Fig. 67.45  MRI endocoil mid sagittal view of the anal canal in a man. Cs, corpus spongiosus; Tp, transverse perineii; Eas, external anal sphincter; Lm, longitudinal muscle; Ias, internal anal sphincter; PR, puborectalis; Bs, bulbospongiosus.

Anteriorly, the middle third of the anal canal is attached by dense connective tissue to the perineal body, which separates it from the membranous urethra and penile bulb in males or from the lower vagina in females. Laterally and posteriorly, the anal canal is surrounded by loose adipose tissue within the ischio-anal fossae; this offers a potential pathway for the spread of perianal sepsis from one side to the other (see Ch. 63). Posteriorly, the anal canal is attached to the coccyx by the anococcygeal ligament, a midline fibroelastic structure which may possess some skeletal muscle elements, and which runs between the posterior aspect of the middle portion of the external sphincter and the coccyx. Just above this is the raphe of the levator ani ‘plate’, the fusion of the two halves of iliococcygeus, which merges anteriorly with puborectalis. Between these two structures is a potential ‘postanal’ space.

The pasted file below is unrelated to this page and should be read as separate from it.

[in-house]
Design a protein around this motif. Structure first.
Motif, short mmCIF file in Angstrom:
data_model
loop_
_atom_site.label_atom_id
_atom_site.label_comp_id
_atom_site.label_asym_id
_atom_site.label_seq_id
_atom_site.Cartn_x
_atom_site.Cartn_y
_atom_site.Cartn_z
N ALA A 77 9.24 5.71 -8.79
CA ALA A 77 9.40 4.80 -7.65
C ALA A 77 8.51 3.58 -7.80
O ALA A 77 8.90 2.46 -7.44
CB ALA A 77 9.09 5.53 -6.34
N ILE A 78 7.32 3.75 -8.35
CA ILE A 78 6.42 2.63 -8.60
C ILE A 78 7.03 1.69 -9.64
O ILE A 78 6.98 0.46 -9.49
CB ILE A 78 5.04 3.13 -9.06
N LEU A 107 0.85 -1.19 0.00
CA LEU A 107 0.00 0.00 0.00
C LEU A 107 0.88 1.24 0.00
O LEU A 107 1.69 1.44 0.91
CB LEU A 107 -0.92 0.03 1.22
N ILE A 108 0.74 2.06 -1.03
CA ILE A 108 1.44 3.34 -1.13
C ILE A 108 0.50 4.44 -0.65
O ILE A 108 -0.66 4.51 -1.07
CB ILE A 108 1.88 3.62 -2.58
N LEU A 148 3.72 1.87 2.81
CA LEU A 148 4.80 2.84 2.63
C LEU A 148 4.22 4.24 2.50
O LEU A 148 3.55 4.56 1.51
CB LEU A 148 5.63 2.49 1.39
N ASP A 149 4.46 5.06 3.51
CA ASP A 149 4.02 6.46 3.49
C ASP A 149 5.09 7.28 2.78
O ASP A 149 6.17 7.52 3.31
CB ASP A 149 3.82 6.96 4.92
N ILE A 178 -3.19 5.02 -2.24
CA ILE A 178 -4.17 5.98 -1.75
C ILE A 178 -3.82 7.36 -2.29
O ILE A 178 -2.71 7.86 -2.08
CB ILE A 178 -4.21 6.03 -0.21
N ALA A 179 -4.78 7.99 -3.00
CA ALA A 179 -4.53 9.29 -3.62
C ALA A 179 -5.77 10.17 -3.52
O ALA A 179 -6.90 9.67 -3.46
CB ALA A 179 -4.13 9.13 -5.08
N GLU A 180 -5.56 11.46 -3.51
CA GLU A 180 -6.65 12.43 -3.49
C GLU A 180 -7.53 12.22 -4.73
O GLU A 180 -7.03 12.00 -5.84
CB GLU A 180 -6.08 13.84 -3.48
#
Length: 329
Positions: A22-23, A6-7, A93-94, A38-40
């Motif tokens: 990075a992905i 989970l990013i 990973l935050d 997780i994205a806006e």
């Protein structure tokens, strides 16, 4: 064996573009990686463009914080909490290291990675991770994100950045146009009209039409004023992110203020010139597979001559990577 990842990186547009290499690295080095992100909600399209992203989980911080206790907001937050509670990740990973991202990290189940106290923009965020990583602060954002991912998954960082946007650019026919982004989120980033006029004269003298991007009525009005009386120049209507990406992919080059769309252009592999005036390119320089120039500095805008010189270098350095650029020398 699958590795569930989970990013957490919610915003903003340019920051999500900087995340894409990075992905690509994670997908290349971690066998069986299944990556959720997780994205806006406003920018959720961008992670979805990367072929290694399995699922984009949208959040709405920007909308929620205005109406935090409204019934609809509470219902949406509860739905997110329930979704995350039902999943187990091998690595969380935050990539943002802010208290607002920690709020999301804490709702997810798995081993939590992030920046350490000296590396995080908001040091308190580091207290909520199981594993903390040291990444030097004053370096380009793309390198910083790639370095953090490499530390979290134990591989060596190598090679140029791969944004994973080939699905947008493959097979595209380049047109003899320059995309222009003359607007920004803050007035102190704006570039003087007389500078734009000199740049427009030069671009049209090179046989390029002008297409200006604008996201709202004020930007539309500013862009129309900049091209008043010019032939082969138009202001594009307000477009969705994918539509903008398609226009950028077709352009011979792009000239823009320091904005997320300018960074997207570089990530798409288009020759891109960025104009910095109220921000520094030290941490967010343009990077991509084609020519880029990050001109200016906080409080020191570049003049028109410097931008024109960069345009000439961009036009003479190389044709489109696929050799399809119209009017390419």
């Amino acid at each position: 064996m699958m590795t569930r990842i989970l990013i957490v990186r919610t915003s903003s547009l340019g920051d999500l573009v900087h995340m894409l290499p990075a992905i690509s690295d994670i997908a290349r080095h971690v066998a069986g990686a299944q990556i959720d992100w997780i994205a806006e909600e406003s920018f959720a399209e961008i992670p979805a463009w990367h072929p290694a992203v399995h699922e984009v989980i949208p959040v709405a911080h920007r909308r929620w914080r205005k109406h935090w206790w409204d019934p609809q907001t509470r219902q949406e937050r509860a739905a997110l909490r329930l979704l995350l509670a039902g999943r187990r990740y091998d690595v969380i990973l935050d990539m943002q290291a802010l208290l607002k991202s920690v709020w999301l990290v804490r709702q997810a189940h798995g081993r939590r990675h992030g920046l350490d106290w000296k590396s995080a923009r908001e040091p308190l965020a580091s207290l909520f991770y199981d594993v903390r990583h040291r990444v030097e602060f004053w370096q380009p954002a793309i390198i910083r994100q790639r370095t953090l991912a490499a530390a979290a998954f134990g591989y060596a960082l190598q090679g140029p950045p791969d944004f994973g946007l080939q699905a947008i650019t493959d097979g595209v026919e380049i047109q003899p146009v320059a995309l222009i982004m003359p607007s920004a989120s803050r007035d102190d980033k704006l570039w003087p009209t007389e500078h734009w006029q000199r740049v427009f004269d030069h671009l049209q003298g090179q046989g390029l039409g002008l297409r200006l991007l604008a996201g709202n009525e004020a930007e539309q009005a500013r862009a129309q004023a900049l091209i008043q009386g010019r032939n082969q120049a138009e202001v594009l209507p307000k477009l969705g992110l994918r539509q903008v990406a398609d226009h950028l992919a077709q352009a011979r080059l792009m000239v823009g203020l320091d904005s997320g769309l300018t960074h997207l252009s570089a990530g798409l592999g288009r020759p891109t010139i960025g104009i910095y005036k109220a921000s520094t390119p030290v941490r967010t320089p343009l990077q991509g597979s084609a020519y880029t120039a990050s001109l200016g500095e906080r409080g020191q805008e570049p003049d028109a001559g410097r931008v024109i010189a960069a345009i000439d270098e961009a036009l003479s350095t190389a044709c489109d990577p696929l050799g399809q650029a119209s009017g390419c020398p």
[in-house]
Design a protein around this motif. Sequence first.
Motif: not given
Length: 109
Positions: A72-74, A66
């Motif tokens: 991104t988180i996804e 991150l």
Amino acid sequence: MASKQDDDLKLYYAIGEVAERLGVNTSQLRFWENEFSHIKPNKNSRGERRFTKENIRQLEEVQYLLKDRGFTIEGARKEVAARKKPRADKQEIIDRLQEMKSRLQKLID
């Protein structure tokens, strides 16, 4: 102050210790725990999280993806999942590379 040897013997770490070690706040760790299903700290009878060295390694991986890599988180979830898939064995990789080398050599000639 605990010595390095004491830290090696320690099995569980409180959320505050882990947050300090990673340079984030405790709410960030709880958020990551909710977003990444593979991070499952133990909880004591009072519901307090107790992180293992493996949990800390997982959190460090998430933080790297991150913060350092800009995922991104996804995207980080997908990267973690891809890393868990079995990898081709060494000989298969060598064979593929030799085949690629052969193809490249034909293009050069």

The ischial spines may be palpated laterally by an examining finger in the upper anal canal. The pudendal nerves pass over the ischial spines at this point and pudendal nerve motor terminal latency may be measured digitally using a modified electrode worn on the examining glove.